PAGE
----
Following communication from CAMERA’s Israel office, New Yorker editors today corrected a headline which presumed the guilt of an Israeli firm facing a lawsuit filed by WhatsApp for alleged exploitation of the platform to enable governments to spy on human rights activists and journalists.
Although the veracity of WhatsApp’s accusations have not yet been confirmed, the headline had stated: “WhatsApp Sues an Israeli Tech Firm Whose Spyware Targeted Human-Rights Activists and Journalists.”
Numerous leading media outlets carried headlines which carefully qualified the charges in the suit as claims, accusations, or allegations. Examples follow.
New York Times: WhatsApp Says Israeli Firm Used Its App in Spy Program
Wall Street Journal: Facebook Sues Israel’s NSO Group Over Alleged WhatsApp Attack
BBC News: WhatsApp Sues Israel firm over phone hacking claims
Bloomberg: Facebook Sues Israel’s NSO on Alleged WhatsApp Malware Hack
Guardian: WhatsApp sues Israeli firm, accusing it of hacking activists’ phones
The Washington Post: WhatsApp accuses Israeli firm of helping governments hack phones of journalists, human rights workers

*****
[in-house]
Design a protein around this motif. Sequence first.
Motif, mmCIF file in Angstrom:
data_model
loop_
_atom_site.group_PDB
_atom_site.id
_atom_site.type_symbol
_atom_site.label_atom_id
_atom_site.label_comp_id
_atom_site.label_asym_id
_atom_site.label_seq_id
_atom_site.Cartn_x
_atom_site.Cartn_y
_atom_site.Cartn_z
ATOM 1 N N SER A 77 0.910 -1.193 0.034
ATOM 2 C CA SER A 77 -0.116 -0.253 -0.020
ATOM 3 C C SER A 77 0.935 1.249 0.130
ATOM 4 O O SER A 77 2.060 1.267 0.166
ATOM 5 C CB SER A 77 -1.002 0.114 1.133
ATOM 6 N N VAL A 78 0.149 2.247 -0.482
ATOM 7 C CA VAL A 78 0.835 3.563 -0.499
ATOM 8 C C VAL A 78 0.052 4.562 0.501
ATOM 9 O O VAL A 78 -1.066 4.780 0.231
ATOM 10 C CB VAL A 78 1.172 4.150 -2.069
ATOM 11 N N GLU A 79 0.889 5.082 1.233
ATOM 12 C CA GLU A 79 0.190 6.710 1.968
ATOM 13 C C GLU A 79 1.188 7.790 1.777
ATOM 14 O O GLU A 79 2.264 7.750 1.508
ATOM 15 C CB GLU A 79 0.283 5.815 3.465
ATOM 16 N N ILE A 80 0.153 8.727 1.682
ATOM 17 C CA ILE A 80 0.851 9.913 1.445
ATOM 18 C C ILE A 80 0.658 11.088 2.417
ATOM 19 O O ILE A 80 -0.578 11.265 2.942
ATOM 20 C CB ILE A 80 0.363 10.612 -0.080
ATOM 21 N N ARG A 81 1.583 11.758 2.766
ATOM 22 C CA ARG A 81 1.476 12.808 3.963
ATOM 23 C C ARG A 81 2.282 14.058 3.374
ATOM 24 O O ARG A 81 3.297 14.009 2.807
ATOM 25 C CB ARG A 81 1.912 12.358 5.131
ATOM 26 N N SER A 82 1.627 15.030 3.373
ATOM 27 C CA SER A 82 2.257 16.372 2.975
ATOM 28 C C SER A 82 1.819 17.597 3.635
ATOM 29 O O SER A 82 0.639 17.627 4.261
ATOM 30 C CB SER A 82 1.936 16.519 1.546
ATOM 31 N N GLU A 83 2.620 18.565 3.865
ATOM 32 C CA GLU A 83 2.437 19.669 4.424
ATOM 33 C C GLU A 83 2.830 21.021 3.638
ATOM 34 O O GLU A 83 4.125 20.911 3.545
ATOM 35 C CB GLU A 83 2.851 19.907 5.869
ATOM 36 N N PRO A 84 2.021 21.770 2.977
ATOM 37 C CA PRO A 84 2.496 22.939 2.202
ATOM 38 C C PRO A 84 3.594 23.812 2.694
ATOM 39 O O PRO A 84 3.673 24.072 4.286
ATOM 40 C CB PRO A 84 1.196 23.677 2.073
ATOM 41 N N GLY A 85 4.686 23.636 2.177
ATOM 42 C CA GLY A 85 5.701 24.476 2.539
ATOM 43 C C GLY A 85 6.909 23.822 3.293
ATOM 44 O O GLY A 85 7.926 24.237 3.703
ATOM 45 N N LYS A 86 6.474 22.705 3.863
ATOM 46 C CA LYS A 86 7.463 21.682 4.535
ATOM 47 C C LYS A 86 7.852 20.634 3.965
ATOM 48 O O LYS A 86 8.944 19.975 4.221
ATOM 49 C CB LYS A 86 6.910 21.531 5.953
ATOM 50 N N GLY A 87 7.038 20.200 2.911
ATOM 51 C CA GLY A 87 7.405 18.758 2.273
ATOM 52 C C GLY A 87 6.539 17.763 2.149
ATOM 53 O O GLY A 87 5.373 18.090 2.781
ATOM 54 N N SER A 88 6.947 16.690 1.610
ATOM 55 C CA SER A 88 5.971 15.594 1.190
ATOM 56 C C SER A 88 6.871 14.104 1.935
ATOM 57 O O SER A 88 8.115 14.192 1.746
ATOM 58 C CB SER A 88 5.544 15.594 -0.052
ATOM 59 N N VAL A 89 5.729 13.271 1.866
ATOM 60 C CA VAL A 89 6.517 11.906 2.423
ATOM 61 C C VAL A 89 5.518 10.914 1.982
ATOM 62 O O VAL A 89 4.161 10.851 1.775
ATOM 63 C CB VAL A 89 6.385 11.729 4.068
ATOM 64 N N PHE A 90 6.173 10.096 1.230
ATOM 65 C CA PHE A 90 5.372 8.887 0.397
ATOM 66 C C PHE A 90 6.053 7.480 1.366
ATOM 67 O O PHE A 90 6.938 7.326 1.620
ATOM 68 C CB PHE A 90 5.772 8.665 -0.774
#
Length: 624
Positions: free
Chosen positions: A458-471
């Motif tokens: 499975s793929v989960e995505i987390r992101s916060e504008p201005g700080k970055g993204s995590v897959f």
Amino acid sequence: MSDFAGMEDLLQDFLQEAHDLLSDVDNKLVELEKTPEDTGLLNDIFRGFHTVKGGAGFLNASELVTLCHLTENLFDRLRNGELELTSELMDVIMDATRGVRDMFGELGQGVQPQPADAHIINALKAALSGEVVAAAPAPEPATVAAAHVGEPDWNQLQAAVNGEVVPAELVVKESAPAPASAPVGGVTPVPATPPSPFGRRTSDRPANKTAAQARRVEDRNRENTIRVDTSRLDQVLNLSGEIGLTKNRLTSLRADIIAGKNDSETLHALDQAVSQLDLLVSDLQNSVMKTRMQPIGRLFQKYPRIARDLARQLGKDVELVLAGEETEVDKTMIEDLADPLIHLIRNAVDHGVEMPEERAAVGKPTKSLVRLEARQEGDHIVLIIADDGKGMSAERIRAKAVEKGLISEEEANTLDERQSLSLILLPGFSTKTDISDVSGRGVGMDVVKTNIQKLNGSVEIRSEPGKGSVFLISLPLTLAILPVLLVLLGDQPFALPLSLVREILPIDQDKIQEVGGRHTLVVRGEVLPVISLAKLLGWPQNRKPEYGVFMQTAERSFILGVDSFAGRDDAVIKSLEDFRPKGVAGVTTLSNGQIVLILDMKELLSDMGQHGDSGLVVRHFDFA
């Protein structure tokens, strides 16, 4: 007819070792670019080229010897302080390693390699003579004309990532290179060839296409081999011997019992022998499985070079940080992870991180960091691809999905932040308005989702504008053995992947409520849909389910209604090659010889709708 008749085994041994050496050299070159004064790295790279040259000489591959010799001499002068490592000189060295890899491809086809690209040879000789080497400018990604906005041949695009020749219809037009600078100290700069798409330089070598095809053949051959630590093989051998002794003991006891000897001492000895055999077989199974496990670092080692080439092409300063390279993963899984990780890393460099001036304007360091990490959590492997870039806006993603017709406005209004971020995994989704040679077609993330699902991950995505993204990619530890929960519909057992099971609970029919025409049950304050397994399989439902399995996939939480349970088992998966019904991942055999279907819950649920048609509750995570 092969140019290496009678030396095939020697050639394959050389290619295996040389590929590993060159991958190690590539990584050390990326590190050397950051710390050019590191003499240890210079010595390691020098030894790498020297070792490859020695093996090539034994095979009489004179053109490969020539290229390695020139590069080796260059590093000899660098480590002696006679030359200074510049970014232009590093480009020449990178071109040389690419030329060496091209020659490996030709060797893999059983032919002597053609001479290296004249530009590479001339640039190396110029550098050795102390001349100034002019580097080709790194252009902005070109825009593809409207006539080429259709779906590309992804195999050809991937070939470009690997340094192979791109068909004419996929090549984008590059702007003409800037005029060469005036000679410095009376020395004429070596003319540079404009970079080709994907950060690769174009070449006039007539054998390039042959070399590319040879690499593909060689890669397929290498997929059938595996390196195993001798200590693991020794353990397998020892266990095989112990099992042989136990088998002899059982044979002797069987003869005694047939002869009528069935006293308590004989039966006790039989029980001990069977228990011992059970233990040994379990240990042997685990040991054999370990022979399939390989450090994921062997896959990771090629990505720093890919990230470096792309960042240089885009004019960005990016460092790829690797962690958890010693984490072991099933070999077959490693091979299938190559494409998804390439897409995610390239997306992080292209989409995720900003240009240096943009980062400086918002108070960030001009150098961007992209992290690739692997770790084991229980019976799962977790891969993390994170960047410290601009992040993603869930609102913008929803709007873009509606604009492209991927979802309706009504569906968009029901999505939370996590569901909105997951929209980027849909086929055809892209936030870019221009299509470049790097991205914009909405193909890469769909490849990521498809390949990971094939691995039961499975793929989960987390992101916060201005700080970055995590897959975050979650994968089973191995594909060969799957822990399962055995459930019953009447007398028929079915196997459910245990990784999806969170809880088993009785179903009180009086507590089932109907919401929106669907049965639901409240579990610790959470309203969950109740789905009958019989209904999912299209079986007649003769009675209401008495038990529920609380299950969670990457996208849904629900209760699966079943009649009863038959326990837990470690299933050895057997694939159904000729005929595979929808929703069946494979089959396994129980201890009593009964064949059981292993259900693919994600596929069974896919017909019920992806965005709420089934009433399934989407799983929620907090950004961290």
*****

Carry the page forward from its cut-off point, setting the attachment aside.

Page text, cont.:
Reuters: WhatsApp sues Israel’s NSO for allegedly helping spies hack phones around the world
CNBC: Facebook sues Israeli cybersecurity company NSO and claims it helped hack WhatsApp
A word is missing from this @NewYorker headline on Whatsapp lawsuit of Israeli firm NSO (Spoiler in the next tweet) pic.twitter.com/rFmtn39tz6
— Tamar Sternthal (@TamarSternthal) October 30, 2019
In the actual text of The New Yorker article itself, Adam Entous is appropriately cautious, carefully qualifying the information as “according to the lawsuit”:
On Tuesday, WhatsApp took the extraordinary step of announcing that it had traced the malware back to NSO Group, a spyware-maker based in Israel, and filed a lawsuit against the company—and also its parent, Q Cyber Technologies—in a Northern California court,accusingit of “unlawful access and use” of WhatsApp computers.According to the lawsuit, NSO Group developed the malware in order to access messages and other communications after they were decrypted on targeted devices, allowing intruders to bypass WhatsApp’s encryption. [Emphasis added.]
In response to communication from CAMERA, editors commendably amended the headline to reflect the fact that the allegations are just that. The amended headline now accurately states: “WhatsApp Claims That An Israeli Tech Firm’s Spyware Targeted Human Rights Activists and Journalists.”